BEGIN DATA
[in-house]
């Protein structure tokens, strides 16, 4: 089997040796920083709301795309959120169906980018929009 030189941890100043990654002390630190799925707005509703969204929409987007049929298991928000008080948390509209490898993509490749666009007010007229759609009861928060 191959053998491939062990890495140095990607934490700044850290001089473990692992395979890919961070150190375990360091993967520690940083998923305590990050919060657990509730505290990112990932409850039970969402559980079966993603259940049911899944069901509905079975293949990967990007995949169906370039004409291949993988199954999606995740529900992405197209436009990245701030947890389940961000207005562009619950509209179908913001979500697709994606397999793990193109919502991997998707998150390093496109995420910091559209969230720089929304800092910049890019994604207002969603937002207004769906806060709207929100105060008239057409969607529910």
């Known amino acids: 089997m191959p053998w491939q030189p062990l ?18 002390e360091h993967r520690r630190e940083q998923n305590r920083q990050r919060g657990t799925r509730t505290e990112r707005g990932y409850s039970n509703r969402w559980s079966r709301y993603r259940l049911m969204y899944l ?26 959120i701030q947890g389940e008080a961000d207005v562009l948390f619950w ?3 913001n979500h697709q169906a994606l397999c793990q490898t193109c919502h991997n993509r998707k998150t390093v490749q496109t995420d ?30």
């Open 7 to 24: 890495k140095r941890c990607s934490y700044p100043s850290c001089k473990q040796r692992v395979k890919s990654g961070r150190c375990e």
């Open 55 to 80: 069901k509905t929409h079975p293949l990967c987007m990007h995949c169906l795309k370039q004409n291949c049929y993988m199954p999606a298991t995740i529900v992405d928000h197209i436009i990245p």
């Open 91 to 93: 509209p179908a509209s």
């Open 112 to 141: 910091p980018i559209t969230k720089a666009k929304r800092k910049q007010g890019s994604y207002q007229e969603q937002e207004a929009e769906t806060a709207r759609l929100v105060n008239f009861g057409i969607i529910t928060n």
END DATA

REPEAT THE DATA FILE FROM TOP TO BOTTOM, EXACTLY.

[in-house]
């Protein structure tokens, strides 16, 4: 089997040796920083709301795309959120169906980018929009 030189941890100043990654002390630190799925707005509703969204929409987007049929298991928000008080948390509209490898993509490749666009007010007229759609009861928060 191959053998491939062990890495140095990607934490700044850290001089473990692992395979890919961070150190375990360091993967520690940083998923305590990050919060657990509730505290990112990932409850039970969402559980079966993603259940049911899944069901509905079975293949990967990007995949169906370039004409291949993988199954999606995740529900992405197209436009990245701030947890389940961000207005562009619950509209179908913001979500697709994606397999793990193109919502991997998707998150390093496109995420910091559209969230720089929304800092910049890019994604207002969603937002207004769906806060709207929100105060008239057409969607529910």
């Known amino acids: 089997m191959p053998w491939q030189p062990l ?18 002390e360091h993967r520690r630190e940083q998923n305590r920083q990050r919060g657990t799925r509730t505290e990112r707005g990932y409850s039970n509703r969402w559980s079966r709301y993603r259940l049911m969204y899944l ?26 959120i701030q947890g389940e008080a961000d207005v562009l948390f619950w ?3 913001n979500h697709q169906a994606l397999c793990q490898t193109c919502h991997n993509r998707k998150t390093v490749q496109t995420d ?30």
């Open 7 to 24: 890495k140095r941890c990607s934490y700044p100043s850290c001089k473990q040796r692992v395979k890919s990654g961070r150190c375990e």
């Open 55 to 80: 069901k509905t929409h079975p293949l990967c987007m990007h995949c169906l795309k370039q004409n291949c049929y993988m199954p999606a298991t995740i529900v992405d928000h197209i436009i990245p």
């Open 91 to 93: 509209p179908a509209s």
């Open 112 to 141: 910091p980018i559209t969230k720089a666009k929304r800092k910049q007010g890019s994604y207002q007229e969603q937002e207004a929009e769906t806060a709207r759609l929100v105060n008239f009861g057409i969607i529910t928060n």